A Lesson in Wood Shavings
On a cold February day, my son Luke and I set out to make an ax handle. In the process, we received an unexpected lesson. In a world with Home Depot and Amazon, we give little thought to buying the things we need. The things we need are always at our fingertips, or at most a short drive or two days shipping away. However, there are still a few things out there that you can’t get by just clicking a button and a handle for an old ax is one of them. So we took a page out of our ancestors book, and when we needed something we made it from what was available. The ax was special to us, as it had belonged to an older gentleman that had lived near us. When he would walk by our house he would sometimes stop and talk and we always listened. One time while we were splitting wood he stopped and told us all about how he used to split wood just like we were doing. As sad as we were about his passing, we happily purchased the ax at his estate sale along with a few other of his prized items. The ax was small with a short handle. It split well, and was easy to carry along in the woods. The day it broke, we were crushed, so on this cold February day, we set out to make something truly homemade. In the garage, we found a scrap piece of black walnut that was the right size. We began by tracing the shape of the old handle onto the walnut. We also added a center line for reference. We clamped the wood in the vise, and went to work with our old draw knife, also acquired at an estate sale. It became apparent that this was not going to be a quick job, and as the work went on, I began to think of how much more careful our ancestors must have been with their tools. When an errant swing could cost you a half a day of work, I bet you focus a whole lot harder on your task. We also knew that the next time we used this ax we would have the same type of focus.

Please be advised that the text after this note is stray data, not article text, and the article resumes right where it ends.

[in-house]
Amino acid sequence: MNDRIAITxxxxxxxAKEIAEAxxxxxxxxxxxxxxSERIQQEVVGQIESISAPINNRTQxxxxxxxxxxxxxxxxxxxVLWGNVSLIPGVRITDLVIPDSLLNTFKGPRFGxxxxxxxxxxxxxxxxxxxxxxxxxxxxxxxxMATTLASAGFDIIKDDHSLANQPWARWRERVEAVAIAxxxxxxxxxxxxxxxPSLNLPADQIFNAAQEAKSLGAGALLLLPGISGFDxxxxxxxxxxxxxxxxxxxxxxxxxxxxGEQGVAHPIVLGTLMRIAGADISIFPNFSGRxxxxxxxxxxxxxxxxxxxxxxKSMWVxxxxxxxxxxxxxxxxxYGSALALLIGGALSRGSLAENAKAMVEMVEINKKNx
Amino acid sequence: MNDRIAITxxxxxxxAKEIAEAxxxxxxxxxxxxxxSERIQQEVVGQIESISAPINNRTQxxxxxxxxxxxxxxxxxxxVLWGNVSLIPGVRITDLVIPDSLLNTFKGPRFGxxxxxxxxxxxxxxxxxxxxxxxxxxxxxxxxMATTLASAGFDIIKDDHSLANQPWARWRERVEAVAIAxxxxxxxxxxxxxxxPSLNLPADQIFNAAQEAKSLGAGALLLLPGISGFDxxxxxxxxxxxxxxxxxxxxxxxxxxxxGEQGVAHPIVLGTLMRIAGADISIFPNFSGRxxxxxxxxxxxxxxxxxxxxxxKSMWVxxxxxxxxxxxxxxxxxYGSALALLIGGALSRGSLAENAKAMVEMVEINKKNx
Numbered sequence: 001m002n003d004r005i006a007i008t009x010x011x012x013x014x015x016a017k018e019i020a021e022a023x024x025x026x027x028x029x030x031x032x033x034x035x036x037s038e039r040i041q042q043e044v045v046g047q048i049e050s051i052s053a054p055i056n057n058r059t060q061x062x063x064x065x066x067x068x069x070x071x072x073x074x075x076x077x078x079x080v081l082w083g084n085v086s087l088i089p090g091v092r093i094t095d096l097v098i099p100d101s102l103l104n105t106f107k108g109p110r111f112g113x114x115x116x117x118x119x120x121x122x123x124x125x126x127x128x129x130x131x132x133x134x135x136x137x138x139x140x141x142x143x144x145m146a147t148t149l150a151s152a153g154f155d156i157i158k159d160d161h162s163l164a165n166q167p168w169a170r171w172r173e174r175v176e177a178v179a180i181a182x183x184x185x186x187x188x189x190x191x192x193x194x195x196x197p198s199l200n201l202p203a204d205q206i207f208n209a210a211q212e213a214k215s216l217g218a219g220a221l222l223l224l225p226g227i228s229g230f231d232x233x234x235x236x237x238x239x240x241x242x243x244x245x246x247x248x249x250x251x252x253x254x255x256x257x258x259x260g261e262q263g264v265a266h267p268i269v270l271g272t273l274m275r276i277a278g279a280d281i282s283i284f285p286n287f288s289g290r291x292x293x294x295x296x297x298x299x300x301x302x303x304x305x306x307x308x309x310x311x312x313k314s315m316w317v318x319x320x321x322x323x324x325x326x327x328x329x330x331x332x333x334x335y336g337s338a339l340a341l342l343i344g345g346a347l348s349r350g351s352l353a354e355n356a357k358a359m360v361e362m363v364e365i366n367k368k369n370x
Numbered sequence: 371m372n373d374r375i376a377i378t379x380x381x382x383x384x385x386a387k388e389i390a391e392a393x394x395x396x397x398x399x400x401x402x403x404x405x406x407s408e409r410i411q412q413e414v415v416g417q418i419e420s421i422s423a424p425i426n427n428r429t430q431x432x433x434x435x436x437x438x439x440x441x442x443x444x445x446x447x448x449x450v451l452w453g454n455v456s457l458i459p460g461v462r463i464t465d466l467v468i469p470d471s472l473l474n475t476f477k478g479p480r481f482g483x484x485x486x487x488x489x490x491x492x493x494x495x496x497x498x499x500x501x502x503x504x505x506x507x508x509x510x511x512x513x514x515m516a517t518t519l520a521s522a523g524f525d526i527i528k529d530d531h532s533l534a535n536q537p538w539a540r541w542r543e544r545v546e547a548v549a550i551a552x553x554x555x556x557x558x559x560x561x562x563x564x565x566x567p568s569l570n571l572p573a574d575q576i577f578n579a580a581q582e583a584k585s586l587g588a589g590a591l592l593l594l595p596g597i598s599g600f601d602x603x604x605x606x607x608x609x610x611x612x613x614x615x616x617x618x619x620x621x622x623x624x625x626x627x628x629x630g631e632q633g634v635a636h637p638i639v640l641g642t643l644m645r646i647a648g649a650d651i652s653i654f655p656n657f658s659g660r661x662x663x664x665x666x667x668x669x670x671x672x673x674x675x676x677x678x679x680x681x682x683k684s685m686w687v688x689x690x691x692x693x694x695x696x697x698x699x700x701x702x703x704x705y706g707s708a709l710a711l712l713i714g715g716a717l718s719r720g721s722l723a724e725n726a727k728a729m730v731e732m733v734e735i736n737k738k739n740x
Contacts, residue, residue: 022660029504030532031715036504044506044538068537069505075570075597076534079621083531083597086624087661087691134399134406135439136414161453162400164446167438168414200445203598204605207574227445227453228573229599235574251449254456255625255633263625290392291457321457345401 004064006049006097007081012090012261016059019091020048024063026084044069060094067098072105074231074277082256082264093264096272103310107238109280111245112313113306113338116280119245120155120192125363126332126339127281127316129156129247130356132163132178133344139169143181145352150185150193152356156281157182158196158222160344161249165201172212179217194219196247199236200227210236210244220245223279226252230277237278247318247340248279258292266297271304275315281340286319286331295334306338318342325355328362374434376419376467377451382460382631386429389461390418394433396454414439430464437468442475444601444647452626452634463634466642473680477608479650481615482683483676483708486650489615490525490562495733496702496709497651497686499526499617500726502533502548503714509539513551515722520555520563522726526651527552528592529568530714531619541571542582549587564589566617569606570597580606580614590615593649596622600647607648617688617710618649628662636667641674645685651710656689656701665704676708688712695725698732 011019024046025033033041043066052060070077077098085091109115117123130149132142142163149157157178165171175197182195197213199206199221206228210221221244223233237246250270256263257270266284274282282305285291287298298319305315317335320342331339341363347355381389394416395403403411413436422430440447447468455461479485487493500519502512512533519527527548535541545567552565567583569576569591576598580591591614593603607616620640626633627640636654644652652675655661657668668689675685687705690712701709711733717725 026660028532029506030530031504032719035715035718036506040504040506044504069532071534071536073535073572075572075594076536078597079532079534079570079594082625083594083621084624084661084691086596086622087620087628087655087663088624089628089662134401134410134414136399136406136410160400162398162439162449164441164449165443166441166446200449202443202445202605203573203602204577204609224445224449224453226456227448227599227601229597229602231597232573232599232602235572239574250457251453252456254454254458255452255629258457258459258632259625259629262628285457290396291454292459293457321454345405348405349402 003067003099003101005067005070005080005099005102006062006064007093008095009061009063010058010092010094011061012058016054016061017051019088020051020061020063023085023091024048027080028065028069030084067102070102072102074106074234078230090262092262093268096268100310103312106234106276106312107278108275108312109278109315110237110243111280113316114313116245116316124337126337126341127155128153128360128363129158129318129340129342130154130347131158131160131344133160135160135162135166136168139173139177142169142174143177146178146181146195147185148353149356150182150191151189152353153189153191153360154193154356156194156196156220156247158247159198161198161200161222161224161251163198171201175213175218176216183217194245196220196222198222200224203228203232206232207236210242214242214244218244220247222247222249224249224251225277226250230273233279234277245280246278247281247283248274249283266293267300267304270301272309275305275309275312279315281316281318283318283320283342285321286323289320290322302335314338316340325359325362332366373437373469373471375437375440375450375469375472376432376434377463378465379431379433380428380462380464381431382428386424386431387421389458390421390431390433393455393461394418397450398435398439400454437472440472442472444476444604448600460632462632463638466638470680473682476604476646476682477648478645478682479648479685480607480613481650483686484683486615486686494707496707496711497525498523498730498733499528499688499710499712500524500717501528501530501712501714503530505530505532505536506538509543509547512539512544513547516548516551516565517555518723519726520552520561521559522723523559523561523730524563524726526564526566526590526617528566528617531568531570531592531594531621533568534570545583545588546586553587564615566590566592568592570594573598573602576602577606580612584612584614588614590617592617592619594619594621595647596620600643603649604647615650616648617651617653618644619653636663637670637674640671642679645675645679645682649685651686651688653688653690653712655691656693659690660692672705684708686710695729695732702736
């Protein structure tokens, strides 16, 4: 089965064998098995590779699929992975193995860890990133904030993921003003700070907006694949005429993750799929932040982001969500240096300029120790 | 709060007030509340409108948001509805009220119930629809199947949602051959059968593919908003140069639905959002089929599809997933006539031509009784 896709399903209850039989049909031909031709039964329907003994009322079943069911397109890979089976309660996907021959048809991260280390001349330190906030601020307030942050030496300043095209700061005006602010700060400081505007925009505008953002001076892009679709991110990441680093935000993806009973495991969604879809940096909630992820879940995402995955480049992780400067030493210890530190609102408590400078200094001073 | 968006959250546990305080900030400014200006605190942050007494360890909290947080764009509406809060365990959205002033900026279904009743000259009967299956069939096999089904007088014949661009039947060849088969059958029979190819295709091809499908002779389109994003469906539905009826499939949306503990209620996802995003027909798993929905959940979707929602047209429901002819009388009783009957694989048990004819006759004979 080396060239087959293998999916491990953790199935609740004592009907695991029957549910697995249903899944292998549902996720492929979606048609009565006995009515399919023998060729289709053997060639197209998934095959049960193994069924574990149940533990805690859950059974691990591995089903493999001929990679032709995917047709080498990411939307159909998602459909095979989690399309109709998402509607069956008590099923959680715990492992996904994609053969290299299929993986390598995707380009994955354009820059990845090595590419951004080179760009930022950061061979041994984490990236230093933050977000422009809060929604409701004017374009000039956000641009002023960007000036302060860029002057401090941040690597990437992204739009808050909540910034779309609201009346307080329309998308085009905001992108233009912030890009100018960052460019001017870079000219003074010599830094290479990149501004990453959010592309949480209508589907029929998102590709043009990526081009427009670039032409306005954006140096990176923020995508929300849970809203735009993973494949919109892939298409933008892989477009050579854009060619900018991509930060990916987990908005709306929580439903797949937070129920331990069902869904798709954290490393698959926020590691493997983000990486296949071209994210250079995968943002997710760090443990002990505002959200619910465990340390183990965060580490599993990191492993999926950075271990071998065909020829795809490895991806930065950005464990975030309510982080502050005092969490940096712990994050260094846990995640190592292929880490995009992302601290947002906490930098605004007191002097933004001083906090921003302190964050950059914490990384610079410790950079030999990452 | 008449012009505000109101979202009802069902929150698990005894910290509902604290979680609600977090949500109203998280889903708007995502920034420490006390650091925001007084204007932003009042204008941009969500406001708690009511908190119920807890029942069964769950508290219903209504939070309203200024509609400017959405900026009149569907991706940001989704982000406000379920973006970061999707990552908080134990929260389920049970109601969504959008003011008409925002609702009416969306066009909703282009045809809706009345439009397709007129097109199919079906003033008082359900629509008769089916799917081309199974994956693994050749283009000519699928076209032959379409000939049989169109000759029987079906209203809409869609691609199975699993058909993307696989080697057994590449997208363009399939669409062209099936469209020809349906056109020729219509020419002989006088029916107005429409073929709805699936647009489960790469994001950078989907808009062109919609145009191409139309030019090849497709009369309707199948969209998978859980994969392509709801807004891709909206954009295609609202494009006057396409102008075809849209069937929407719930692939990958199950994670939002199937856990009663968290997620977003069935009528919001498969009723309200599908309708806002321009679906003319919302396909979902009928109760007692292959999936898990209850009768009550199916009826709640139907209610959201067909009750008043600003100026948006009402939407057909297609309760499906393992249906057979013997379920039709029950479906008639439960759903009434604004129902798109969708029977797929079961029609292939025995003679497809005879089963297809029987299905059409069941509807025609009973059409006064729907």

As the wood peeled off with each stroke of the draw knife, and the shavings piled up on the floor, the handle slowly took shape. We often paused to hold the handle, because how it felt in our hands was important, and how it felt became just as important as how it looked. We could imagine our ancestors doing the same, since this was a custom piece made to fit only our hands. It was now our tool, not some generic thing from Lowe’s.
The more we worked, the slower we went. We put so much time and effort into getting the handle to take shape that we wanted it to come out perfect. This was another lesson in craftsmanship that has been lost today. As we painstakingly carved the handle to fit the ax head, my son Luke came up with a great idea to put a spent casing from our rifle in the handle, now the ax would most certainly be one of a kind.
In the end, we hand-crafted a beautiful ax handle, that we will never forget making. We also found that we had a greater appreciation for our forefathers, and how hard they worked for simple things. It was nice to take a break from today’s world, escape the “screens” for a few hours, and do something that felt worthy of our effort.